Champion finds passion in Ironmans

  • Published
  • By Airman 1st Class Mariette Adams
  • 6th Air Mobility Wing Public Affairs

His hearts thumps, almost out of his chest, as he walks up to the starting line. Hundreds of people stand eagerly awaiting the big race to begin, and his excitement leaves a pit in his stomach. He mentally prepares; shutting out the crowd, silencing his own reservations for the challenges he’s about to face. He’s ready.

He hears the cannon boom, and he sprints off into the water. It takes a few minutes to get into his rhythm because of the splashing and kicking of the other swimmers around him, but soon he is into a routine. He focuses on his form; one breath at a time, one stroke at a time.

For Maj. Reynaldo Champion, commander of the 6th Communications Squadron (CS), Ironmans are not just a race, they are a way to build and test his resiliency.

For years, Champion has been running marathons as well as sprints and Olympic-distance triathlons, but in the summer of 2012, that all changed. His friend challenged him to a half-Ironman, and he became immediately hooked.

Since then, he has traveled all over the country and trained for months at a time to compete in the races he’s passionate about. He has competed in both half-Ironmans, a 1.2-mile swim, 56-mile bike ride and 13.1-mile run and full Ironmans, a 2.4-mile swim, 112-mile bike ride and 26.2-mile run.

“An Ironman, or any endurance race for that matter, challenges me,” explained Champion. “It’s an opportunity for me to step out of my comfort zone and reach deeper into myself, to push myself harder and further than I have ever before.”

The challenge he faces in his competition is also his reward. Through difficultly he gains inner strength.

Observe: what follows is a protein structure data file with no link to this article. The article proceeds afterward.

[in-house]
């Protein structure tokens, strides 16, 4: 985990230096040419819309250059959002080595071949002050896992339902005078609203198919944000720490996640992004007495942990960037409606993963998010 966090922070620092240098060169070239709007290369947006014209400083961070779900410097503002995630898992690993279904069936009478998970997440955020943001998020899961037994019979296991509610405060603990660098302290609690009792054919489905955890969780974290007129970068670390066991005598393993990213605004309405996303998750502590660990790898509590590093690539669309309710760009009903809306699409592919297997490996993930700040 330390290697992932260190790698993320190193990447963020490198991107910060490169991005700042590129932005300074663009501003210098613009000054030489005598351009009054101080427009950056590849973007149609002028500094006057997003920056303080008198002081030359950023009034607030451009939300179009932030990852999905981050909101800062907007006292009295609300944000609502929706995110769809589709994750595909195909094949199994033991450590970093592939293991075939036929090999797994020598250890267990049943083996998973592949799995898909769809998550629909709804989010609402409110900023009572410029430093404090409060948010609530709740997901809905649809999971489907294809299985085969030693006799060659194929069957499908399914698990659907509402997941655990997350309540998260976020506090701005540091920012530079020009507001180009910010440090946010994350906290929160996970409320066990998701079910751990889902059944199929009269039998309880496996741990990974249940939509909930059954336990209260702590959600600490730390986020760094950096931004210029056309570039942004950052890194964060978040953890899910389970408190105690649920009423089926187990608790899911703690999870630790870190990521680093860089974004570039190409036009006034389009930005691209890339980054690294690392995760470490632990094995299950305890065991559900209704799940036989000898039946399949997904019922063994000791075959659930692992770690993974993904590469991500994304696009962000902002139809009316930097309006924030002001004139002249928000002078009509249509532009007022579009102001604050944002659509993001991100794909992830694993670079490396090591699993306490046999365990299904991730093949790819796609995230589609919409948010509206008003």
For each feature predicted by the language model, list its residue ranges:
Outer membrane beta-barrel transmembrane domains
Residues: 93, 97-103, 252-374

Although finishing is an accomplishment; for Champion, it’s about more than that.

“The biggest reward for me is finishing not because it’s an Ironman, but because I had the strength and willpower to face the challenge that day,” said Champion. “For me, it’s about being able to face every challenge and obstacle in my way and to confront my fears, step up to the starting line and take on the task at hand.” 

The races push him to be a better person in uniform and out.

“I think it makes him an inspirational leader both in the physical and mental areas of resiliency,” said Richard Armading, the deputy director of the 6th CS. “Ironman isn’t only physical, it is extremely mental to be able to get through it, because you have to work through a lot of pain and difficulties throughout the race.”

Whether its obstacles in his life or as an Airman, the challenges he faces in his races help him manage the everyday stressors he encounters.

“In training, you will experience different emotions and stressors, and through experience you learn how to deal with them or avoid these stressors, depending on where you are at in the day,” said Champion. “Dealing with the stressors of training for an Ironman helps me be a better Airman every day.” 

The competitions have also taught Champion to find balance. At times he must take breaks and at other times he must push forward.

For him, it’s about finding a healthy balance, which he applies to his own life.

“For me, it’s important that I know when to step up and take on some of these challenges and also to recognize when I need to step back and take a break and recover,” explained Champion. “When I look at this and apply it to being an Airman, I think about balance and how at times the balance will shift, because you can’t just keep driving forward, sometimes you need to adjust your schedule or priorities, so you don’t burn out.”

Ironmans are both a passion and challenge for Champion. He pushes himself, but still works to find balance in what he does. He encourages people to find their own obstacles and work towards their goal.

“Go out there, find your biggest challenge and go for it. Find out what you are made of and work towards accomplishing your ’Ironman.’”